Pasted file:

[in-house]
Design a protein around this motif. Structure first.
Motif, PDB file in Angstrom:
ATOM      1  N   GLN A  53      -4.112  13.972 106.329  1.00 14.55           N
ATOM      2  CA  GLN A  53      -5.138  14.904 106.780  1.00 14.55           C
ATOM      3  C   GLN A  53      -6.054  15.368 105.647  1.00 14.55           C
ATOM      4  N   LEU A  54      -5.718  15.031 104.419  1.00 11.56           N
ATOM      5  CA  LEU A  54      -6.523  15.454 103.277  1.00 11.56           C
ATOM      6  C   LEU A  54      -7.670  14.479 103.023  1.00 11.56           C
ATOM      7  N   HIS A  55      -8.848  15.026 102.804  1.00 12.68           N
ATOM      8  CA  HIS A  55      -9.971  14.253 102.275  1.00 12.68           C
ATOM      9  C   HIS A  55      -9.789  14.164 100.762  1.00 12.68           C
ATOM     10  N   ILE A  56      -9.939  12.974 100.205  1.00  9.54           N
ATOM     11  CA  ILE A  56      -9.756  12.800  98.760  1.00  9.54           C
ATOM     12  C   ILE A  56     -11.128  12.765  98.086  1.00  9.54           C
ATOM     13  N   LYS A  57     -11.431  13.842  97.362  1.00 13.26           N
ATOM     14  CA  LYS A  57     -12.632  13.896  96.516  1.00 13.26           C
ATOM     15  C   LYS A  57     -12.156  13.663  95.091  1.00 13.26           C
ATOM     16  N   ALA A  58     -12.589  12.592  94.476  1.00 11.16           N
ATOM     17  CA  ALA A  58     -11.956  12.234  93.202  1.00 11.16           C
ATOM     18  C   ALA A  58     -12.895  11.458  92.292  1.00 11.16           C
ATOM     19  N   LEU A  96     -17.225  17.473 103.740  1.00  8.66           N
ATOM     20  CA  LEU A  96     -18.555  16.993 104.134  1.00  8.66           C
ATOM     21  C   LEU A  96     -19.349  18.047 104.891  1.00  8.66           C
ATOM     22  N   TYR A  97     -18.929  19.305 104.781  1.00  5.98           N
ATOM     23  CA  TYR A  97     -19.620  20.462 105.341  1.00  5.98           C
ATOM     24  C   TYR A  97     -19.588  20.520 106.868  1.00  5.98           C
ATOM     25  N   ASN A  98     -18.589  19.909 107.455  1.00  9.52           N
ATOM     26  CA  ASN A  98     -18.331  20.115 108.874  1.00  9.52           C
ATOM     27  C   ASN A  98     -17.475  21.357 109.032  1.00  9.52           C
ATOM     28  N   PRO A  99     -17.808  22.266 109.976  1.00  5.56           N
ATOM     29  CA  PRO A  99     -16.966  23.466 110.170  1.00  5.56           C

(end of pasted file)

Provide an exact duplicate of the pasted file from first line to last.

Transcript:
[in-house]
Design a protein around this motif. Structure first.
Motif, PDB file in Angstrom:
ATOM      1  N   GLN A  53      -4.112  13.972 106.329  1.00 14.55           N
ATOM      2  CA  GLN A  53      -5.138  14.904 106.780  1.00 14.55           C
ATOM      3  C   GLN A  53      -6.054  15.368 105.647  1.00 14.55           C
ATOM      4  N   LEU A  54      -5.718  15.031 104.419  1.00 11.56           N
ATOM      5  CA  LEU A  54      -6.523  15.454 103.277  1.00 11.56           C
ATOM      6  C   LEU A  54      -7.670  14.479 103.023  1.00 11.56           C
ATOM      7  N   HIS A  55      -8.848  15.026 102.804  1.00 12.68           N
ATOM      8  CA  HIS A  55      -9.971  14.253 102.275  1.00 12.68           C
ATOM      9  C   HIS A  55      -9.789  14.164 100.762  1.00 12.68           C
ATOM     10  N   ILE A  56      -9.939  12.974 100.205  1.00  9.54           N
ATOM     11  CA  ILE A  56      -9.756  12.800  98.760  1.00  9.54           C
ATOM     12  C   ILE A  56     -11.128  12.765  98.086  1.00  9.54           C
ATOM     13  N   LYS A  57     -11.431  13.842  97.362  1.00 13.26           N
ATOM     14  CA  LYS A  57     -12.632  13.896  96.516  1.00 13.26           C
ATOM     15  C   LYS A  57     -12.156  13.663  95.091  1.00 13.26           C
ATOM     16  N   ALA A  58     -12.589  12.592  94.476  1.00 11.16           N
ATOM     17  CA  ALA A  58     -11.956  12.234  93.202  1.00 11.16           C
ATOM     18  C   ALA A  58     -12.895  11.458  92.292  1.00 11.16           C
ATOM     19  N   LEU A  96     -17.225  17.473 103.740  1.00  8.66           N
ATOM     20  CA  LEU A  96     -18.555  16.993 104.134  1.00  8.66           C
ATOM     21  C   LEU A  96     -19.349  18.047 104.891  1.00  8.66           C
ATOM     22  N   TYR A  97     -18.929  19.305 104.781  1.00  5.98           N
ATOM     23  CA  TYR A  97     -19.620  20.462 105.341  1.00  5.98           C
ATOM     24  C   TYR A  97     -19.588  20.520 106.868  1.00  5.98           C
ATOM     25  N   ASN A  98     -18.589  19.909 107.455  1.00  9.52           N
ATOM     26  CA  ASN A  98     -18.331  20.115 108.874  1.00  9.52           C
ATOM     27  C   ASN A  98     -17.475  21.357 109.032  1.00  9.52           C
ATOM     28  N   PRO A  99     -17.808  22.266 109.976  1.00  5.56           N
ATOM     29  CA  PRO A  99     -16.966  23.466 110.170  1.00  5.56           C